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About slaytonf

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  1. That's a nice car!

    I know it isn't from the movies, but, gosh, it's such a nice car! And I've never heard of it before. It's a-----but first, I'll tell you where I saw it. There's a series some generous soul it good enough to upload regularly to YT which I like about as much as anything that's not a movie. It's called Antiques Road Trip, not to be confused with the more venerable and known Roadshow. In it, two antiques experts set off across different parts of the British countryside to find items to purchase and then sell later at auctions. The one who gets the most money wins. It's all cheery, energetic, and bouncy, and a lot of fun. Different pairs of experts set off in different classic autos, usually British, Triumph, MG, Jaguar. But for the segment that's being uploaded now, they're driving a 1968 TVR Tuscan. And its a beauty! Lookit:
  2. All racists these days deny being a racist. Then go ahead and be racist.
  3. programming changed

    So I guess it was another hit/run poster. Or someone posing. I don't think these posters' aims are as they state. They're not really upset at how TCM has changed. They want it to change from what it has always been. Think of the illogic of this OP. Just because TCM shows movies they don't want to see, they will stop watching the ones TCM shows that they do.
  4. programming changed

    Has longtimer already left?
  5. programming changed

    There's your next thread topic.
  6. programming changed

    Well, at least you are not one of those hit-and-run critics that start a thread like this with one initial post and are never heard from again. You still do, however, fail to acknowledge the many attempts of posters to disabuse you of your misconceptions. The best of these, of course, is MovieCollector's brobdingnaginan efforts at compiling a list demonstrating TCM's continuity. But to paraphrase Paul Simon, people hear what they want to hear, and disregard the rest. I'm afraid if you want to maintain your position, you will be the only loser by not watching TCM anymore.
  7. programming changed

    I'm getting that Twilight Zone feeling. . . . Am I mistaken, or did some posts disappear? And have some posters been disappeared?
  8. programming changed

    Aw, what the hell, let's just have one thread for everything. At the least, it would make discussion here a lot more lively.
  9. programming changed

    TCM wasn't created only to show studio-era movies. As has been repeatedly stated, and which you may have not seen here, being new to the Messageboards, in the very first introduction made by Robert Osborne, he said the channel was to highlight stars and movies from the past as well as those from today. And as has been repeatedly demonstrated, the percentage of movies from different eras has remained constant over the years, with a preponderance of studio era movies. Of course, as time has passed, newer and newer movies have been shown.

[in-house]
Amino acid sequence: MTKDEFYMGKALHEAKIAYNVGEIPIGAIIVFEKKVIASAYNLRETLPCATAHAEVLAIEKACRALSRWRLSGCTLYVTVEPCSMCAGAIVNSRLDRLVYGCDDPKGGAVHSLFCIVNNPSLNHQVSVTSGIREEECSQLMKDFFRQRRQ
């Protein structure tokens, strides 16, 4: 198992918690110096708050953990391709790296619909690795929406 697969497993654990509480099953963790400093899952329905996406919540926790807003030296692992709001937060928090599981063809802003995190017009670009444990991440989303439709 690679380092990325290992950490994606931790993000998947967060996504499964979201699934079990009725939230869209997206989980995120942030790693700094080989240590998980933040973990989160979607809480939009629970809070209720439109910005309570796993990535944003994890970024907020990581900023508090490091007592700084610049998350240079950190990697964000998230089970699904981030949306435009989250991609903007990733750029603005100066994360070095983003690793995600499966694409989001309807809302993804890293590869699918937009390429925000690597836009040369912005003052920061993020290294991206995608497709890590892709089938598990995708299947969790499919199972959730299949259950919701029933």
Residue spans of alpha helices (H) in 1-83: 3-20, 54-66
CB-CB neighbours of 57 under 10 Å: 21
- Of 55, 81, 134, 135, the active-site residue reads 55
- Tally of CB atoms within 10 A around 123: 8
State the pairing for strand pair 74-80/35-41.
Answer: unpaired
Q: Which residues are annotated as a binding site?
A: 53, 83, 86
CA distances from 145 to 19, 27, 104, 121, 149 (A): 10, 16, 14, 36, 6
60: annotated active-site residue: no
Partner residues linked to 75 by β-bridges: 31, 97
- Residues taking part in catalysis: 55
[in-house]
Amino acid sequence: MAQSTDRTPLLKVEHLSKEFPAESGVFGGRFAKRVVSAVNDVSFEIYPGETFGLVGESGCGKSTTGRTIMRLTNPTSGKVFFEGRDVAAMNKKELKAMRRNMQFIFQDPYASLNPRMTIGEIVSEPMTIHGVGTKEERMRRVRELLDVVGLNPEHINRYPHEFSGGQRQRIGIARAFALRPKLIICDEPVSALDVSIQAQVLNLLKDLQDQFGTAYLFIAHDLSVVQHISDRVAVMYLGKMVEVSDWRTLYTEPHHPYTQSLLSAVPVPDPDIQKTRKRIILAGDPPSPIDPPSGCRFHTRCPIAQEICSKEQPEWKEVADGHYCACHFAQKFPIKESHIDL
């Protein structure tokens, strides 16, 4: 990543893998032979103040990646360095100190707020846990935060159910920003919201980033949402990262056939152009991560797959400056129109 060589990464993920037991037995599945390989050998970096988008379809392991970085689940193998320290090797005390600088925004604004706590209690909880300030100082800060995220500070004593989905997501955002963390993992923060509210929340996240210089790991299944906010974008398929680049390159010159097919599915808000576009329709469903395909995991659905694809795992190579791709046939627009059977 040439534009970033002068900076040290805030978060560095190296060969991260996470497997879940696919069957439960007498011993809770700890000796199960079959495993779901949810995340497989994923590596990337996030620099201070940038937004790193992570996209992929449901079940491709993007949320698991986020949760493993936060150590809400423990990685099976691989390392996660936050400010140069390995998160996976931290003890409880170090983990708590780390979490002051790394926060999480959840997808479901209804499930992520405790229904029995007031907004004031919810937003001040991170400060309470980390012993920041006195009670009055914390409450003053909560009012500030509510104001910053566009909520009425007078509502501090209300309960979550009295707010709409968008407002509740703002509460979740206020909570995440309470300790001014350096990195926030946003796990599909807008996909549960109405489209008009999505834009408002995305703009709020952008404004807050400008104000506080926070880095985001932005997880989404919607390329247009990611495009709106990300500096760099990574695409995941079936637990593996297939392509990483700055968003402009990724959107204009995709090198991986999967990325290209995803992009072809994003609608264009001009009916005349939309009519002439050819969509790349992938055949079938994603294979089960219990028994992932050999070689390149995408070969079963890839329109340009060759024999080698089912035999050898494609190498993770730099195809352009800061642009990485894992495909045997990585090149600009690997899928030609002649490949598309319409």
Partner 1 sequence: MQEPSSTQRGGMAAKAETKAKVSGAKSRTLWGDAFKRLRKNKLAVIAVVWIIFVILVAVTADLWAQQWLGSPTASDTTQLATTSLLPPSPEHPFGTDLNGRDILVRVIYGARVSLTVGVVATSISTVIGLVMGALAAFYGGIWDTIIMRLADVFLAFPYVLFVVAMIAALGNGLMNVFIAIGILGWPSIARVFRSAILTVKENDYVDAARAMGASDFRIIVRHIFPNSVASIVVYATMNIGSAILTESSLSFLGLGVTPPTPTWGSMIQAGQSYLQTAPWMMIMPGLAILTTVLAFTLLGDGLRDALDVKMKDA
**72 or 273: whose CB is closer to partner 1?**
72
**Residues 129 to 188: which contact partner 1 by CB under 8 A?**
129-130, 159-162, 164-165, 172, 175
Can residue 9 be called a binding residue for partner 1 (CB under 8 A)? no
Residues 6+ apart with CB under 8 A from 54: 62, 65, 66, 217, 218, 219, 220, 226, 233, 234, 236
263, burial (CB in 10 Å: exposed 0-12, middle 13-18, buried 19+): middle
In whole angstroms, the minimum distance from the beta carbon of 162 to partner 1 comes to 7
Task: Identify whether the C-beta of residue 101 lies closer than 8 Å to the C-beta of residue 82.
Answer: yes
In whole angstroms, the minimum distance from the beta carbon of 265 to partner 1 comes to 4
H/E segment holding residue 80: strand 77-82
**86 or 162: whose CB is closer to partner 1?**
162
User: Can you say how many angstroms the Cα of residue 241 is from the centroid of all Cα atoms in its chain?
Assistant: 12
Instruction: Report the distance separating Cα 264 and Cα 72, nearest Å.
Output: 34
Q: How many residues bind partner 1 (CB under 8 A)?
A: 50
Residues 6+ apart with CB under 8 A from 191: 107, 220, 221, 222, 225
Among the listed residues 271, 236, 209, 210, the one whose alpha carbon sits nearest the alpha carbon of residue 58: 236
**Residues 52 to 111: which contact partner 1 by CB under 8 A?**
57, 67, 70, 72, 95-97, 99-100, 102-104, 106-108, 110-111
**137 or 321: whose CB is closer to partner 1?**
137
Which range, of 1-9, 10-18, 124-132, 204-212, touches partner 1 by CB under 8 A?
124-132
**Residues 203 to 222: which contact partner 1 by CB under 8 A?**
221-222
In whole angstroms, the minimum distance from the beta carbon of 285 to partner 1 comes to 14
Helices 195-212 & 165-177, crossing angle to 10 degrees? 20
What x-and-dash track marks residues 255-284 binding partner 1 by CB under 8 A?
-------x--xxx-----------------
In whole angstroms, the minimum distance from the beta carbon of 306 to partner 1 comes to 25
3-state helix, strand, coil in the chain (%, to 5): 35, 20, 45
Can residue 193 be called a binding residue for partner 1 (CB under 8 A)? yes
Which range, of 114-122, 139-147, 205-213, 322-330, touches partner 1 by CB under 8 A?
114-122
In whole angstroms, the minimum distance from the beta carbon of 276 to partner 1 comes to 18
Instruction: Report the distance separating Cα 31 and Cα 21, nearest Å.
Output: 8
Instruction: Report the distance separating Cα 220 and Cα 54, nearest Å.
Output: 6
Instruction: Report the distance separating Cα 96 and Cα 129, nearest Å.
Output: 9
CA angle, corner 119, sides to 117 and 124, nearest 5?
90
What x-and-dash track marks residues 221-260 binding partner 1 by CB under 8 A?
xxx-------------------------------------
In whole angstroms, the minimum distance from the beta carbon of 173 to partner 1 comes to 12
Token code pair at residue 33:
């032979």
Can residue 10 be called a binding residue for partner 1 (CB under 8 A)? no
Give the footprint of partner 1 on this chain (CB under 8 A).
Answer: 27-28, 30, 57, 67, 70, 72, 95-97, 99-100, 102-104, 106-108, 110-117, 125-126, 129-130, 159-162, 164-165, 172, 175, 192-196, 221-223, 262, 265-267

10. To Lorna

    I have commented before on the absurd contradiction of having non-production code movies to discuss with language still subject to production code restrictions.
  11. Fred Astaire____spins into a chair.

    Thanks, sagebrush, for that clip. Perhaps I should retitle the thread: Fred Astaire__spins into--something. That's from Three Little Words (1950)?
  12. Fred Astaire____spins into a chair.

    And. . . .Fred Astaire___spins into a chair.
  13. They can do what they want with Astro pup, but keep your hands of Gigantor!
  14. You watch Mr. Astaire a lot, you will see patterns to the way he moves, techniques he habitually employs in the choreography. One that is salient is a twirl he makes at the end of a number, ending up sitting in a chair. He does this gracefully, seamlessly (of course) so it seems the most natural thing to do. The definitive instance comes from Top Hat (1935) after he soft-shoes Ginger Rogers--and himself to sleep: In Royal Wedding (1951), he ends up gazing at a pic of Sarah Churchill, understandable after dancing the walls and ceiling: He does something similar in The Band Wagon (1953), into a coach with Cyd Charisse in it (who wouldn't?):

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